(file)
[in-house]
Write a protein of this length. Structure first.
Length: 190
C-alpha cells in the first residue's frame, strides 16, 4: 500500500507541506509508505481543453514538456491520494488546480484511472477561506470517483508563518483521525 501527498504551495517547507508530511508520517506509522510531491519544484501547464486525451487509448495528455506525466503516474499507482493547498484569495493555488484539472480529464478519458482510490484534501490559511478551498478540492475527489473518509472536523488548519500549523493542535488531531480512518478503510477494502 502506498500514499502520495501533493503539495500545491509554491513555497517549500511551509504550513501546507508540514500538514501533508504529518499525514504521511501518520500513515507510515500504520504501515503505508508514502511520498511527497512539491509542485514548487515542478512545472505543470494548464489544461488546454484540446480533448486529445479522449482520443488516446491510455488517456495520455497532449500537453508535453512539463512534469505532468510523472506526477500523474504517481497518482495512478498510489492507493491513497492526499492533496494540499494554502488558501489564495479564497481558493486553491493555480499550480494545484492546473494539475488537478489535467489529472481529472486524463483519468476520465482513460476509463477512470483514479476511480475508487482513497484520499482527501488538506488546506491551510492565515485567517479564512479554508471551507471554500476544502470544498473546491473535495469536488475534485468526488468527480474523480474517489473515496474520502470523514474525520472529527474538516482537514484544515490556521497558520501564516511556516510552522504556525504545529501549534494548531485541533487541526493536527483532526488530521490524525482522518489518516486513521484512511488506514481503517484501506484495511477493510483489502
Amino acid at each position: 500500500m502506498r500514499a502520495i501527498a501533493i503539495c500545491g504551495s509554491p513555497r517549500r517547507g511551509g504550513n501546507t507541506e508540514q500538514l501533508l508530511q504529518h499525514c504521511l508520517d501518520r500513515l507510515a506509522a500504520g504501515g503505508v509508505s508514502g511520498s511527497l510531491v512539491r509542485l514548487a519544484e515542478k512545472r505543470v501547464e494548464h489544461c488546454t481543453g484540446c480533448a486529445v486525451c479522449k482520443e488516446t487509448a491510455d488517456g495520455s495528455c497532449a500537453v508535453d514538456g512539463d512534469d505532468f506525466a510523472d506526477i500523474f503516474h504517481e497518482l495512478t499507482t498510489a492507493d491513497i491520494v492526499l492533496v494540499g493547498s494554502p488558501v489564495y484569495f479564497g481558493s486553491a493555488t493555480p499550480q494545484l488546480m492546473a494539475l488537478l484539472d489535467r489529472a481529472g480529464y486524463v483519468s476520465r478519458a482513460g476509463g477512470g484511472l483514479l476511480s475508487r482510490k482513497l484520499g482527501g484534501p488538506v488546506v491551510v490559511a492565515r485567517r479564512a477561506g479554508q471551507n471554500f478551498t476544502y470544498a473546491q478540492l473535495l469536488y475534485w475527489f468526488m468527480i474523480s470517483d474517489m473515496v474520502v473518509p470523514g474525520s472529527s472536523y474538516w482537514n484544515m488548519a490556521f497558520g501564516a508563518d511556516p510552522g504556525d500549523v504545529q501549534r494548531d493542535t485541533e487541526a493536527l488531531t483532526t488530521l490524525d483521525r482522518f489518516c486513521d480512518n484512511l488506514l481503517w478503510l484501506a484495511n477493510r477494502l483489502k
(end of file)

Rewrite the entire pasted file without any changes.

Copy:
[in-house]
Write a protein of this length. Structure first.
Length: 190
C-alpha cells in the first residue's frame, strides 16, 4: 500500500507541506509508505481543453514538456491520494488546480484511472477561506470517483508563518483521525 501527498504551495517547507508530511508520517506509522510531491519544484501547464486525451487509448495528455506525466503516474499507482493547498484569495493555488484539472480529464478519458482510490484534501490559511478551498478540492475527489473518509472536523488548519500549523493542535488531531480512518478503510477494502 502506498500514499502520495501533493503539495500545491509554491513555497517549500511551509504550513501546507508540514500538514501533508504529518499525514504521511501518520500513515507510515500504520504501515503505508508514502511520498511527497512539491509542485514548487515542478512545472505543470494548464489544461488546454484540446480533448486529445479522449482520443488516446491510455488517456495520455497532449500537453508535453512539463512534469505532468510523472506526477500523474504517481497518482495512478498510489492507493491513497492526499492533496494540499494554502488558501489564495479564497481558493486553491493555480499550480494545484492546473494539475488537478489535467489529472481529472486524463483519468476520465482513460476509463477512470483514479476511480475508487482513497484520499482527501488538506488546506491551510492565515485567517479564512479554508471551507471554500476544502470544498473546491473535495469536488475534485468526488468527480474523480474517489473515496474520502470523514474525520472529527474538516482537514484544515490556521497558520501564516511556516510552522504556525504545529501549534494548531485541533487541526493536527483532526488530521490524525482522518489518516486513521484512511488506514481503517484501506484495511477493510483489502
Amino acid at each position: 500500500m502506498r500514499a502520495i501527498a501533493i503539495c500545491g504551495s509554491p513555497r517549500r517547507g511551509g504550513n501546507t507541506e508540514q500538514l501533508l508530511q504529518h499525514c504521511l508520517d501518520r500513515l507510515a506509522a500504520g504501515g503505508v509508505s508514502g511520498s511527497l510531491v512539491r509542485l514548487a519544484e515542478k512545472r505543470v501547464e494548464h489544461c488546454t481543453g484540446c480533448a486529445v486525451c479522449k482520443e488516446t487509448a491510455d488517456g495520455s495528455c497532449a500537453v508535453d514538456g512539463d512534469d505532468f506525466a510523472d506526477i500523474f503516474h504517481e497518482l495512478t499507482t498510489a492507493d491513497i491520494v492526499l492533496v494540499g493547498s494554502p488558501v489564495y484569495f479564497g481558493s486553491a493555488t493555480p499550480q494545484l488546480m492546473a494539475l488537478l484539472d489535467r489529472a481529472g480529464y486524463v483519468s476520465r478519458a482513460g476509463g477512470g484511472l483514479l476511480s475508487r482510490k482513497l484520499g482527501g484534501p488538506v488546506v491551510v490559511a492565515r485567517r479564512a477561506g479554508q471551507n471554500f478551498t476544502y470544498a473546491q478540492l473535495l469536488y475534485w475527489f468526488m468527480i474523480s470517483d474517489m473515496v474520502v473518509p470523514g474525520s472529527s472536523y474538516w482537514n484544515m488548519a490556521f497558520g501564516a508563518d511556516p510552522g504556525d500549523v504545529q501549534r494548531d493542535t485541533e487541526a493536527l488531531t483532526t488530521l490524525d483521525r482522518f489518516c486513521d480512518n484512511l488506514l481503517w478503510l484501506a484495511n477493510r477494502l483489502k